Hi @greg I have the same problem. I’ve tried all way to fix that but i couldn’t succeed. can you please help me !
hi! If you’re getting a “
flyctl: command not found error”, then you probably just need to configure your shell to add your fly install to your $PATH for all new shells you start with whichever terminal app you’re using.
How to do this will depend on what shell you’re using, since you’d use a different config file with each one.
What happens when you run the following?
cd ~ ; pwd
I’m getting thisflyctl v0.0.381 linux/amd64 Commit: ed6bc2a6 BuildDate: 2022-08-23T14:17:58Z. so how can i add it to my PATH
You’ll need to figure out what shell you’re using on your local machine. For most desktop Linux users, this will be bash by default:
That said, it may vary depending on your distro or setup. Running
echo $SHELL will let you know what shell you’re running. If it’s not bash, check that project’s documentation website for specific instructions.
If you are running bash, then you can add flyctl to your path by running the following:
NOTE 1: make sure you replace
"<your-user>" with the name of your actual user (to double-check this, make sure it matches the output of
Then you’ll want to open your
~/.bashrc file [see note 2] file your favorite text editor, append the above two lines to it and save. Finally, it’s convenient to tell your enviroment you want to make this the default for new shells:
NOTE 2: there are other places where you can configure bash behavior. In this case we configured the current user’s bash to know where to find
It’s not necessary knowledge to use
fly, but knowing all the configuration options for your shell is worthwhile if you’re planning on spending much time there. Here’s a good overview of all the different ways bash can be configured
If you prefer more of a zine/blog-style resource, and want to learn bash specifically as a newer Linux user, I’ve yet to see a better resource than Bite Size Bash
Hi, I’m receiving the same error and I ran that command gives me this:
flyctl v0.0.383 linux/amd64 Commit: 16a17b20 BuildDate: 2022-08-25T22:18:50Z
In that case, you’ll probably want to go through the above listed steps-- adding flyctl to your $PATH will let you use the flyctl command without having to specify where it is every time. Have you tried the steps outlined above yet? If so, what what the result?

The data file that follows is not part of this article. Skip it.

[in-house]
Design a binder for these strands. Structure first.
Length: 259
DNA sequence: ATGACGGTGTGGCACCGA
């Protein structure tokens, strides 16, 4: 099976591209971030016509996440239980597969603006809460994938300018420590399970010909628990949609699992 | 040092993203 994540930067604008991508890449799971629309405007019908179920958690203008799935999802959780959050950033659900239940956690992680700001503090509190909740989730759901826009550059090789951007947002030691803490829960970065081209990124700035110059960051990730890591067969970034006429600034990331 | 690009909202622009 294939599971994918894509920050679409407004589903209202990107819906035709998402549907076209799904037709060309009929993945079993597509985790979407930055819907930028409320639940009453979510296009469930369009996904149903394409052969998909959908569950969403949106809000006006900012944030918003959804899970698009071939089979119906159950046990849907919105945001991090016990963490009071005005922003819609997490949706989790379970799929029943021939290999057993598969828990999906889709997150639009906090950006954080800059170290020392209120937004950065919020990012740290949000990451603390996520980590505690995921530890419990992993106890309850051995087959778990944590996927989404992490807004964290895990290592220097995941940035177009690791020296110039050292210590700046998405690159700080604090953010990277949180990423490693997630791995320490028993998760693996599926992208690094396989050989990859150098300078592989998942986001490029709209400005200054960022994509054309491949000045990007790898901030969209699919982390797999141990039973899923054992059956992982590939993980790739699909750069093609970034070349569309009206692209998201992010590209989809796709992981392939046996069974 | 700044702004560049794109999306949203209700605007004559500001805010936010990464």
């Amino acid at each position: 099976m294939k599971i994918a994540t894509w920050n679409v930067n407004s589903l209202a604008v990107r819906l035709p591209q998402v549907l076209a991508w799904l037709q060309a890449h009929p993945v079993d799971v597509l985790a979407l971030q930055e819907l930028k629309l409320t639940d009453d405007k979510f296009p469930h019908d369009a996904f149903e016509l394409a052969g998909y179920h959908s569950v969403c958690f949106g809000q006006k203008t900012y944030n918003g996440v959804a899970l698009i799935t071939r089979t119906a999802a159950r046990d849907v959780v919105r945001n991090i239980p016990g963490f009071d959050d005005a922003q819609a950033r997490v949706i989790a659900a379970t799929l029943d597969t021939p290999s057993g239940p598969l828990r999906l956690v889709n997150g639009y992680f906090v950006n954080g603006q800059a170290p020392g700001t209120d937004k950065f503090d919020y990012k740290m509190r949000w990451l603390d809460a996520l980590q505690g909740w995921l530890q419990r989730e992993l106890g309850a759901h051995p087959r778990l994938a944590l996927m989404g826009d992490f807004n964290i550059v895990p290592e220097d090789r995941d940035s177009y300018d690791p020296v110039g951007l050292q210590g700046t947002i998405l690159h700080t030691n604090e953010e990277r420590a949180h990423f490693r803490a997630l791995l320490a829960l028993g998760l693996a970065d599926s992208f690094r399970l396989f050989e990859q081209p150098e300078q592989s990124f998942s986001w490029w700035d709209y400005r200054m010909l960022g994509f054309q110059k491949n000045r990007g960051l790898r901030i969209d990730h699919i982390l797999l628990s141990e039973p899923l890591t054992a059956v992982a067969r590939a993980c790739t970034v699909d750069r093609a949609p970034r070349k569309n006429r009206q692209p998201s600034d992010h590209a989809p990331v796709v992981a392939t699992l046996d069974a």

Hi there, jumping in as I had the same error. In fact when I ran the install.sh script it actually gave me the following output which supports what you’ve been advising:
flyctl was installed successfully to /var/services/homes/[USERNAME]/.fly/bin/flyctl
Manually add the directory to your $HOME/.bash_profile (or similar)
Run '/var/services/homes/[USERNAME]/.fly/bin/flyctl --help' to get started
I ran both
export lines and added both to my
.bashrc file, can confirm this works, thanks for the advice.
In case anyone has this error on windows this is solution:
$env:Path += ';C:\Users\[USERNAME]\.fly\bin'
Just run it in powershell
Edit: it works… until terminal reboot. Any persistent solution?
I’m having an identical error, but the steps you’ve mentioned haven’t fixed it. Flyctl has been successfully installed, as verified by running .fly/bin/flyctl version in the home directory and getting back ‘flyctl v0.0.441 linux/amd64 …’, and have run both of the export commands (both in the home directory and in the .fly/bin directory) and added them both to my .bashrc file, yet I still cannot use the flyctl tool from the home directory without using /.fly/bin first. Any ideas why this might be happening?
It’s hard to say off the bat, but if you’re having trouble with this, I’d recommend making sure that the changes to ~/.bashrc and/or the local exports are present in the current shell by running
Basically, you’ll want to make sure that the $FLYCTL_INSTALL settings are somewhere in your $PATH so that bash knows where to find it. How that’s configured to happen can vary quite a bit depending on your local setup.
It’s possible that something else in your setup is overwriting the changes we’re trying to make to the $PATH, or that these changes aren’t making it to the shell session that you’re using to run flyctl commands. For example, this will (and does ) happen if you used a different, newer terminal window to make these changes.
If you tried all possibilities and it didn’t work, just run
.fly/bin/flyctl <your_fly_command> . This will serve as an alternative to the
I was having the same issue and followed the advice above but it still wasn’t working adding the following to the end of the ~/.bashrc file fixed the problem though:
It’s only a small change but it seems to have done the trick for me!
Can anyone share a working specs to install and use flyctl on windows?
This worked for me: Install flyctl · Fly Docs
It appeared I just needed to reload vs code
This is what I’m seeing. Note
C:\Users\rubys\.fly\bin in my path.
If you are open to recommendations, I strongly encourage WSL2. It plus Windows Terminal and VSCode are an awesome combination.
I have the same issue, after reading Eli’s and james’s reply, I get the hang of it and this works for me. Open the terminal and run this command
then at the end of it, add the following command
Save the file by pressing Ctrl + X, then Y, and Enter.
I had the same issue and solve it like this:
in the terminal run
added the two following lines at the end of your bashrc file
Close and save the bashrc file and run in the terminal